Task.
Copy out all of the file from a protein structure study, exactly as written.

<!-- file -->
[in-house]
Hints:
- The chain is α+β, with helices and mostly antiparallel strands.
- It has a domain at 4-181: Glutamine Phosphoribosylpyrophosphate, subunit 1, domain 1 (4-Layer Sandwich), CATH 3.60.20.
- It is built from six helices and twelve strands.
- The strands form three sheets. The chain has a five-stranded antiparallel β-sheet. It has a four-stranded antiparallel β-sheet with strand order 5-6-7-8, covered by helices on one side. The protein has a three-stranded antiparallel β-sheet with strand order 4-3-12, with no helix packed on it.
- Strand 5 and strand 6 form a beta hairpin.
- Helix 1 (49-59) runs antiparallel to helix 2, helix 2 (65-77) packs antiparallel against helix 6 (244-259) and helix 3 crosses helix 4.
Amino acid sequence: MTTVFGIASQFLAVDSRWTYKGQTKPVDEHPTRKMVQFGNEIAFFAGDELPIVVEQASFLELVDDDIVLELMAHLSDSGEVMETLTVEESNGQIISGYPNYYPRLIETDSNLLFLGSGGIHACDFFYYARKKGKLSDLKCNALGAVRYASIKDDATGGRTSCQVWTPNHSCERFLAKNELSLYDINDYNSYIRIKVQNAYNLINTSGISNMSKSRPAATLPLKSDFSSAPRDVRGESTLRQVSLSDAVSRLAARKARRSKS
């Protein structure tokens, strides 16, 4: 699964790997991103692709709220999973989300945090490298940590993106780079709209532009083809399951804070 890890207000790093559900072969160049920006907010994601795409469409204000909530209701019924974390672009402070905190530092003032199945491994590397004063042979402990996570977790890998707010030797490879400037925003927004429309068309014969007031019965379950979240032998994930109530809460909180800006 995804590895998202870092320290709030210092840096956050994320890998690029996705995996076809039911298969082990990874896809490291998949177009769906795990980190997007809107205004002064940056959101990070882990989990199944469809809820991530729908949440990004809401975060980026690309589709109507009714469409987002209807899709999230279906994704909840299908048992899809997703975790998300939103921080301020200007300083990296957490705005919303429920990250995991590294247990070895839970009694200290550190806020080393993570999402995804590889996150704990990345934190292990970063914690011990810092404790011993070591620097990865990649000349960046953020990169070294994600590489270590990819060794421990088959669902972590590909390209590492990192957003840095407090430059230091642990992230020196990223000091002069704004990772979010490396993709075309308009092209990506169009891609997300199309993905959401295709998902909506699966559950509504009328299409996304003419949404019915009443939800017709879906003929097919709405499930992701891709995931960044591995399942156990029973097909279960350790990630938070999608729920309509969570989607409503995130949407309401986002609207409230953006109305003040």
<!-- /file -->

[in-house]
Hints:
- The chain is α+β, with helices and mostly antiparallel strands.
- It has a domain at 4-181: Glutamine Phosphoribosylpyrophosphate, subunit 1, domain 1 (4-Layer Sandwich), CATH 3.60.20.
- It is built from six helices and twelve strands.
- The strands form three sheets. The chain has a five-stranded antiparallel β-sheet. It has a four-stranded antiparallel β-sheet with strand order 5-6-7-8, covered by helices on one side. The protein has a three-stranded antiparallel β-sheet with strand order 4-3-12, with no helix packed on it.
- Strand 5 and strand 6 form a beta hairpin.
- Helix 1 (49-59) runs antiparallel to helix 2, helix 2 (65-77) packs antiparallel against helix 6 (244-259) and helix 3 crosses helix 4.
Amino acid sequence: MTTVFGIASQFLAVDSRWTYKGQTKPVDEHPTRKMVQFGNEIAFFAGDELPIVVEQASFLELVDDDIVLELMAHLSDSGEVMETLTVEESNGQIISGYPNYYPRLIETDSNLLFLGSGGIHACDFFYYARKKGKLSDLKCNALGAVRYASIKDDATGGRTSCQVWTPNHSCERFLAKNELSLYDINDYNSYIRIKVQNAYNLINTSGISNMSKSRPAATLPLKSDFSSAPRDVRGESTLRQVSLSDAVSRLAARKARRSKS
């Protein structure tokens, strides 16, 4: 699964790997991103692709709220999973989300945090490298940590993106780079709209532009083809399951804070 890890207000790093559900072969160049920006907010994601795409469409204000909530209701019924974390672009402070905190530092003032199945491994590397004063042979402990996570977790890998707010030797490879400037925003927004429309068309014969007031019965379950979240032998994930109530809460909180800006 995804590895998202870092320290709030210092840096956050994320890998690029996705995996076809039911298969082990990874896809490291998949177009769906795990980190997007809107205004002064940056959101990070882990989990199944469809809820991530729908949440990004809401975060980026690309589709109507009714469409987002209807899709999230279906994704909840299908048992899809997703975790998300939103921080301020200007300083990296957490705005919303429920990250995991590294247990070895839970009694200290550190806020080393993570999402995804590889996150704990990345934190292990970063914690011990810092404790011993070591620097990865990649000349960046953020990169070294994600590489270590990819060794421990088959669902972590590909390209590492990192957003840095407090430059230091642990992230020196990223000091002069704004990772979010490396993709075309308009092209990506169009891609997300199309993905959401295709998902909506699966559950509504009328299409996304003419949404019915009443939800017709879906003929097919709405499930992701891709995931960044591995399942156990029973097909279960350790990630938070999608729920309509969570989607409503995130949407309401986002609207409230953006109305003040």